Had I been the only sinner on earth, Jesus would have still submitted to the will of the Father.  Jesus, most assuredly died for me and you that we might be released from the slavery of sin.  Oh, death, where is thy sting!

 He is risen…He is alive…He goes before us….do not be afraid…go quickly and tell all the good news…Jesus Christ is risen…He died that our sins may be forgiven…now He calls us to follow him to heaven…the risen Lord is not gone…He remains with us in the sacraments…in our faith…in our prayers…for those who follow Jesus…the same fate awaits us…a glorious resurrection of our bodies on the last day…eyes have not seen…ears have not heard what await those who love Jesus…

All through His public ministry, Jesus deals with the effects of death and a death-obsessed culture: violence, hatred, egotism, exclusion, false prophets, religious leaders who do not nourish their faith communities. The final enemy Jesus must face down is death through His own death, a death on the cross.

Jesus told his followers and us through the Scripture many, many, times “Do not Be Afraid.”  Jesus goes into the kingdom of death and brings to that dark place the light of God.  Jesus brings the power of God, and with this power he breaks the hold that death has over us. The Resurrection of Jesus is the declaration of victory over this terrible power. The power of death has been overthrown. HALLELUJAH!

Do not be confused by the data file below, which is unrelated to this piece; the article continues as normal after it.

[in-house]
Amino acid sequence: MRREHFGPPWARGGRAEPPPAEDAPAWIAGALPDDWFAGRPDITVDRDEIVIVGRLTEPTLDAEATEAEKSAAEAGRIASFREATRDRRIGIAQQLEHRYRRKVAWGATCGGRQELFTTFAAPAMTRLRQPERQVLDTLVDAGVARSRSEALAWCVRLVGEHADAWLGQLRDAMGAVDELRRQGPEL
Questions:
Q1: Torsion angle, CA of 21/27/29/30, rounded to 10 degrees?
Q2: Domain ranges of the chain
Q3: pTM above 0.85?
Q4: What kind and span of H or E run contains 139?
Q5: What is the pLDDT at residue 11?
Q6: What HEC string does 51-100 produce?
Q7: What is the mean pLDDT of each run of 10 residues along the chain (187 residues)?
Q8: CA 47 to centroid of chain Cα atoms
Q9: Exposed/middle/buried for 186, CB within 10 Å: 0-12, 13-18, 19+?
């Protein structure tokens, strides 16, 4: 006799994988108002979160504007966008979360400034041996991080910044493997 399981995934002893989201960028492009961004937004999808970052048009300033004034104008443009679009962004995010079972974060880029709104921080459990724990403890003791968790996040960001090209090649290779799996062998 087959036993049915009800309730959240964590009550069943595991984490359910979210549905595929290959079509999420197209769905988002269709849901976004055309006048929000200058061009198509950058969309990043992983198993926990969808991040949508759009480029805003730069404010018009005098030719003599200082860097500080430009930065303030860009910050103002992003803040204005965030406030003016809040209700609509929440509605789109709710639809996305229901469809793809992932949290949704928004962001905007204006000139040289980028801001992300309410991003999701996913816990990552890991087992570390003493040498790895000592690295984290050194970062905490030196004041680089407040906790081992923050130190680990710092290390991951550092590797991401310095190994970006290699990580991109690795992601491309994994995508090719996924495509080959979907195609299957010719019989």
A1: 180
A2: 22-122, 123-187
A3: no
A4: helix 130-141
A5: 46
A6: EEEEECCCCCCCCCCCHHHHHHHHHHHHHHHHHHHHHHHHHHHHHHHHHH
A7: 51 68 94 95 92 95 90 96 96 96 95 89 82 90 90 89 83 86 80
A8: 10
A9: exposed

According to Bishop Robert Barron, “Jesus descended to the dead where He addressed them, “I command you: Awake, sleeper, I have not made you to be held a prisoner in the underworld. Arise from the dead; I am the life of the dead. (to Adam and Eve) Arise, O man, work of my hands, arise, you who were fashioned in my image. Rise, let us go hence; for you in me and I in you, together we are one undivided person.

For you, I your God became your son; for you, I the Master took on your form; that of slave; for you…Look at the spittle on my face, which I received because of you, in order to restore you to that first divine inbreathing at creation. See the blows on my cheeks, which I accepted in order to refashion your distorted form to my own image…Arise, let us go hence. The enemy brought you out of the land of paradise; I will reinstate you, no longer in paradise, but on the throne of heaven.